Tea tree extract, benefits, health, effects, plant, supplements, side effects Tea tree

What Tea tree Is:

Blame Captain Cook for any confusion between what we know as tea and this diminutive myrtle-family tree whose leaf oil is one of our best natural antiseptics. The aromatic tea tree genus, Melaleuca, though not quite as diverse in Australia as the related Eucalyptus genus, is another group of species that are difficult to distinguish from one another. In documenting and recounting his exploits in the late 1700s, Cook made reference to the "tea plant," which the ship's crew used to counteract the astringency of a spruce-based beer. Early Aussie settlers also used the tree's grasslike leaves to brew a tea, further entrenching the name. Tea tree, native to the northeastern coast of New South Wales in Australia but also grown elsewhere, is in no way related to what we call tea. It's more akin to the best antiseptics in health care.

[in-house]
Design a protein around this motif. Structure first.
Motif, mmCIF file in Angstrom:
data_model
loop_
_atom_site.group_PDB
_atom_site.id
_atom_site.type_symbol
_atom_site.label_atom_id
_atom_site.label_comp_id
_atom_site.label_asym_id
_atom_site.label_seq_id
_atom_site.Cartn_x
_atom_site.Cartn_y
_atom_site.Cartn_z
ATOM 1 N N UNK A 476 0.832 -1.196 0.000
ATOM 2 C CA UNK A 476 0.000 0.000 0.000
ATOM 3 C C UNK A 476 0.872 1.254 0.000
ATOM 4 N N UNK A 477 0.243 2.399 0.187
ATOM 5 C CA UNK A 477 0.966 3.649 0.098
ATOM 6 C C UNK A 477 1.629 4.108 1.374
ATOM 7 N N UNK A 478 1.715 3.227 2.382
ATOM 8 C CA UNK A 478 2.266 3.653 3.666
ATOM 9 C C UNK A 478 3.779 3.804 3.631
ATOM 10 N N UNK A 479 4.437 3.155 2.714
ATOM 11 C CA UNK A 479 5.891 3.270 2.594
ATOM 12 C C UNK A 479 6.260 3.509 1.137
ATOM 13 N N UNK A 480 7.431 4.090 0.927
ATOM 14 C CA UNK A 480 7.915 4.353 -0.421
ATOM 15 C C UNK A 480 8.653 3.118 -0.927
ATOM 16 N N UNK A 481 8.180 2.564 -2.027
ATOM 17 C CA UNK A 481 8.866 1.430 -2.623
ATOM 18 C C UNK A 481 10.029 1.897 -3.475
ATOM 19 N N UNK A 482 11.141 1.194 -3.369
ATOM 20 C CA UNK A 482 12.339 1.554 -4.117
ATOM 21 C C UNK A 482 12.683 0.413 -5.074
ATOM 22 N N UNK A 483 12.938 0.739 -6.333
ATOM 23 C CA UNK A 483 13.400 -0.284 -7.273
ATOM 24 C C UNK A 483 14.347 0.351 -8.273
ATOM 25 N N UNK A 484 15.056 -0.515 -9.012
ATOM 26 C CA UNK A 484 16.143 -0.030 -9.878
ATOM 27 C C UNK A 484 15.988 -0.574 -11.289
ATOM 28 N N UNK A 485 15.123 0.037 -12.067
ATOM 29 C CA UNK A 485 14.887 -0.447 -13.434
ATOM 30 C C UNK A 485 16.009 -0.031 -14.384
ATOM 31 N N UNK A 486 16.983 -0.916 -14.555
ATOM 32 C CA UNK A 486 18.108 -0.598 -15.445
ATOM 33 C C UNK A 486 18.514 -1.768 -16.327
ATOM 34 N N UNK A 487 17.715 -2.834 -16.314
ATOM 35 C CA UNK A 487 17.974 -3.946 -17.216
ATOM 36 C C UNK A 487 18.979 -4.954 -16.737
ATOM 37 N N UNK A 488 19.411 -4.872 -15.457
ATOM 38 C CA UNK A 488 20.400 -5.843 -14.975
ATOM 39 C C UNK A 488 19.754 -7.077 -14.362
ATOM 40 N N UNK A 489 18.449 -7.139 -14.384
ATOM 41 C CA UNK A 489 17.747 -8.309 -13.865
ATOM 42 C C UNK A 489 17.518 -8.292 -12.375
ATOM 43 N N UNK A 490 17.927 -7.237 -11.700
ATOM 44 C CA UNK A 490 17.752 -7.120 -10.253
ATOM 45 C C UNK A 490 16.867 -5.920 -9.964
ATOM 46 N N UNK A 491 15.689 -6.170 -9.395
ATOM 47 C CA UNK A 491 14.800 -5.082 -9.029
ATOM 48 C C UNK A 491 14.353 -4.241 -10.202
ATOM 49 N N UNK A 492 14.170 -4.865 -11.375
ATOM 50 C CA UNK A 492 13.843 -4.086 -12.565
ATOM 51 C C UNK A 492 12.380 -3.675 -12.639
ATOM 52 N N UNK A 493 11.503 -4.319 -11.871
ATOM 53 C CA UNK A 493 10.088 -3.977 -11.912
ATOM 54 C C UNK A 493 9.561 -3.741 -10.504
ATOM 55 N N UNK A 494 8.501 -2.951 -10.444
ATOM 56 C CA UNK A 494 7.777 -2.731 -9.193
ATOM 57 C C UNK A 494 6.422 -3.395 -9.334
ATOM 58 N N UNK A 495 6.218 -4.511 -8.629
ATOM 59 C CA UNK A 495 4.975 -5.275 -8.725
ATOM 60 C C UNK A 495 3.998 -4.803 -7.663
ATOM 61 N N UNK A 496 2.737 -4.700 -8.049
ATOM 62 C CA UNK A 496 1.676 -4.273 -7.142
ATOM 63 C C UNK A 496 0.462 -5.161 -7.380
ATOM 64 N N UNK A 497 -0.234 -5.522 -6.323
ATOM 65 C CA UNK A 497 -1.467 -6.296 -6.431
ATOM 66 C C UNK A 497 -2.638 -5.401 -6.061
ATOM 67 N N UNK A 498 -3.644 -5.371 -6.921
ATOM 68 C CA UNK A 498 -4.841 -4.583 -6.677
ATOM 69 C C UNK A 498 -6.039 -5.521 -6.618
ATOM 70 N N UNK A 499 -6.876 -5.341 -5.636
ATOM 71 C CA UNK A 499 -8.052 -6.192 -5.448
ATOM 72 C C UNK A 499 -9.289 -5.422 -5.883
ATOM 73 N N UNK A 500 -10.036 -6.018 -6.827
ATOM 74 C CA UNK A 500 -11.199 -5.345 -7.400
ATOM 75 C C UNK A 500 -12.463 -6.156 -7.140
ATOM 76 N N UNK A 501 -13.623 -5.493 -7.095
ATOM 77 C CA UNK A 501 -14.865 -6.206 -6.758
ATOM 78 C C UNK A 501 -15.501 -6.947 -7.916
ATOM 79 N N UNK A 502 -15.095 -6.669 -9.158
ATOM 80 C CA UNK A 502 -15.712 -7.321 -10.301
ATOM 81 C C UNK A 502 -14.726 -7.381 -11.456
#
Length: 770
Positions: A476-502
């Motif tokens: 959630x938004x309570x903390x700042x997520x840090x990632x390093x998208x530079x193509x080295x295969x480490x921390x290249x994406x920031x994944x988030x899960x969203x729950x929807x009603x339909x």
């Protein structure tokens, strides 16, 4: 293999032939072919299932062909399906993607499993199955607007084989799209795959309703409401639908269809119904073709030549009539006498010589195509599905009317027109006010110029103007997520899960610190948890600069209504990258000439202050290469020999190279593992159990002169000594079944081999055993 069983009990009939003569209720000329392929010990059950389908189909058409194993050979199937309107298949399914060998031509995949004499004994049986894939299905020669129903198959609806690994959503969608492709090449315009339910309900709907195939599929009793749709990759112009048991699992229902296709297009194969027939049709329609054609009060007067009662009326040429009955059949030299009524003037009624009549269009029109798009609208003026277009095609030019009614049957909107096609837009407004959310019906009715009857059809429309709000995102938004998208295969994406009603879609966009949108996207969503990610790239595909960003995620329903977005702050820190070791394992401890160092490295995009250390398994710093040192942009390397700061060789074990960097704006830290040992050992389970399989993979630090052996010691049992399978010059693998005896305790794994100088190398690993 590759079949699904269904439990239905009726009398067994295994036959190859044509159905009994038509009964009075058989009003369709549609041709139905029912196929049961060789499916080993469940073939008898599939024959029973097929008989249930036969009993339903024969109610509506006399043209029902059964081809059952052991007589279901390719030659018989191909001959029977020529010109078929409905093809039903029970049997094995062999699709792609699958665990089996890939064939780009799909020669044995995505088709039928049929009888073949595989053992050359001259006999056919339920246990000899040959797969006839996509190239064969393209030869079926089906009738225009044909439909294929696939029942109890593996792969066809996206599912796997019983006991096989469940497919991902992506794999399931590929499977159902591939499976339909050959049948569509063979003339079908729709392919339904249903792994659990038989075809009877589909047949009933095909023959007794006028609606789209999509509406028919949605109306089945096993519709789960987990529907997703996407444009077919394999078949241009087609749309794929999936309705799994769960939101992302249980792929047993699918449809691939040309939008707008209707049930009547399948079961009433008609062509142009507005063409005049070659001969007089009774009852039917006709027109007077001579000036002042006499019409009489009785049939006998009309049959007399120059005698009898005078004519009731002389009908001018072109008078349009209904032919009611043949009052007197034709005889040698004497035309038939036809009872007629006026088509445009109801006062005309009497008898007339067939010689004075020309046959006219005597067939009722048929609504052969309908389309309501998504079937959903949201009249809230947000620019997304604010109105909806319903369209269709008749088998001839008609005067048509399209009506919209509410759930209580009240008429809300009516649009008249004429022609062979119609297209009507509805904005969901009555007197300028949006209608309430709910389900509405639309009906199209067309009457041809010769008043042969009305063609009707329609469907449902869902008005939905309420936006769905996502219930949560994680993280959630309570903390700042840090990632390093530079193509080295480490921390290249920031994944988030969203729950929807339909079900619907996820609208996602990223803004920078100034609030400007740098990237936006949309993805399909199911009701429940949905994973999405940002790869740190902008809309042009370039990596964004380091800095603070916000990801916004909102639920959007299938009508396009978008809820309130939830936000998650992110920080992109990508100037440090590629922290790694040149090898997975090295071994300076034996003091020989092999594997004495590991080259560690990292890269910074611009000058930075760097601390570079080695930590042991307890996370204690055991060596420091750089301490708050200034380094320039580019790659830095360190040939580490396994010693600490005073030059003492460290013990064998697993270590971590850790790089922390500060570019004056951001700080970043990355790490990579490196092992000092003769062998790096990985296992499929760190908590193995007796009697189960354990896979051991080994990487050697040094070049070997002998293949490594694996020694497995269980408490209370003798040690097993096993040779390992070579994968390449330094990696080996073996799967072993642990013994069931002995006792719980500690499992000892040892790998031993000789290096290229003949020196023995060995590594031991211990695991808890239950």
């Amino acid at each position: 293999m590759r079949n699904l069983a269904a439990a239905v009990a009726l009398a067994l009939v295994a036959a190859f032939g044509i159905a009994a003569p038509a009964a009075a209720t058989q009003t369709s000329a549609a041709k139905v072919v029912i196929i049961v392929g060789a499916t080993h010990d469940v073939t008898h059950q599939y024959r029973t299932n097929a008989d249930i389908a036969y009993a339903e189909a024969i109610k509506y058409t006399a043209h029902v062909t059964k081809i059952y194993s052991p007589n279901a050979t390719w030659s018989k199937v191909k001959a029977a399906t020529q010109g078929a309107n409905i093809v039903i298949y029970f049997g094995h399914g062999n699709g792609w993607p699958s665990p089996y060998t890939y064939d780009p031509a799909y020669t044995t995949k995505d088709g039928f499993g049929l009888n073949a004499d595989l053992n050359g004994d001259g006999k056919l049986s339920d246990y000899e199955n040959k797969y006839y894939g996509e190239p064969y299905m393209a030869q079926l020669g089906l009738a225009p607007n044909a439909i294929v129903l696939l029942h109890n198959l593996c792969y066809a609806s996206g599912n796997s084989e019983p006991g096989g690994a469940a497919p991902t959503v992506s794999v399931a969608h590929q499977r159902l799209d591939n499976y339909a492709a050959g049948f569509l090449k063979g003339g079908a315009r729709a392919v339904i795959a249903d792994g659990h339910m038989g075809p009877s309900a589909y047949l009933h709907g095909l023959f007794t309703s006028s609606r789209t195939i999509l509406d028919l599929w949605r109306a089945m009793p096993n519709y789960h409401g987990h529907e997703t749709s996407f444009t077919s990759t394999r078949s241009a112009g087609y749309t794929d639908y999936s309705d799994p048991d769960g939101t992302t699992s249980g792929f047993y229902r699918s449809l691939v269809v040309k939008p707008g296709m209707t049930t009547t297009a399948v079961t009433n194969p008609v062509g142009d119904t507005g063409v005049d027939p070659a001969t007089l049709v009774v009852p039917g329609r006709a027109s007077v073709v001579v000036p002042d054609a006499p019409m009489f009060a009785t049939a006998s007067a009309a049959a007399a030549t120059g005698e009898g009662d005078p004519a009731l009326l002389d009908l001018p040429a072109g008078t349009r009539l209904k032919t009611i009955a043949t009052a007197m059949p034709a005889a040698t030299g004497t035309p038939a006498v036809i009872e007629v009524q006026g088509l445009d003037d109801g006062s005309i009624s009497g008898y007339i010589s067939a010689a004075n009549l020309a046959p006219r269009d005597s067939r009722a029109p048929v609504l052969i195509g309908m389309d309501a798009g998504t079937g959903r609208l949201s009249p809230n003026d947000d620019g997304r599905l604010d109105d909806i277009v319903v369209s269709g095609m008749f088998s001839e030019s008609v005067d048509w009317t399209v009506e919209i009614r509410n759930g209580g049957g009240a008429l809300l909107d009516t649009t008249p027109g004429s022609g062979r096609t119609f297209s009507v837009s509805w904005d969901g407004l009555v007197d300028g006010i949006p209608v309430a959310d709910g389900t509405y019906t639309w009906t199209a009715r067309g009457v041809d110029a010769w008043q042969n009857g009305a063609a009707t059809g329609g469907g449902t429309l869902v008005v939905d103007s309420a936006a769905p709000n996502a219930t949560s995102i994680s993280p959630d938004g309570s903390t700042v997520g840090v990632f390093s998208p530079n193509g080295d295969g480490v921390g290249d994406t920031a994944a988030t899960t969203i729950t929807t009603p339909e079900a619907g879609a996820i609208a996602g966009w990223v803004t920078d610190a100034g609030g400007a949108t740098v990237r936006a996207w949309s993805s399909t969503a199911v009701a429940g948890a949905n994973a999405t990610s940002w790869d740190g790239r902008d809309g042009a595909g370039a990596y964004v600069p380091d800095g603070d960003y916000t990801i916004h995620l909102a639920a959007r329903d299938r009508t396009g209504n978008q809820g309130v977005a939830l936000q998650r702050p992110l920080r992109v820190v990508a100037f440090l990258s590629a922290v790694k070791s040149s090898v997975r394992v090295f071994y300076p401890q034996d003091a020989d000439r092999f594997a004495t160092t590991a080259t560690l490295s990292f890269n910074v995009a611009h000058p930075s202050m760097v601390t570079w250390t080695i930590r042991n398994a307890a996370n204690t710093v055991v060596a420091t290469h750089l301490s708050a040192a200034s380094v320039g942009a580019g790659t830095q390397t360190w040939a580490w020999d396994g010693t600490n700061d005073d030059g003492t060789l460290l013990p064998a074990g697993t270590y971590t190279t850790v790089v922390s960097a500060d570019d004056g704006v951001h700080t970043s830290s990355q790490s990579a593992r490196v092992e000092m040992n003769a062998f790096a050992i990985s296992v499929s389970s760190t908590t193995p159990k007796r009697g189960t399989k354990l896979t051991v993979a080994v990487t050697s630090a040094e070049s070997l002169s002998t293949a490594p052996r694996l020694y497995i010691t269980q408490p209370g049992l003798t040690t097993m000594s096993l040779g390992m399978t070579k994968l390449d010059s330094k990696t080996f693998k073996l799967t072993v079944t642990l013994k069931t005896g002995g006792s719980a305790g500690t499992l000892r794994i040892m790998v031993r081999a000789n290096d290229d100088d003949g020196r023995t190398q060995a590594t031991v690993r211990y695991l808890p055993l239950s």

The tea tree, which grows only in north east New South Wales, has a long history of use in Aboriginal medicine and is becoming very popular as an antiseptic.

Tea tree extract, benefits, health, effectsTea tree benefits

Tea tree oil is used to treat skin infections, acne, foot problems, fungal nail infections and vaginal infections.



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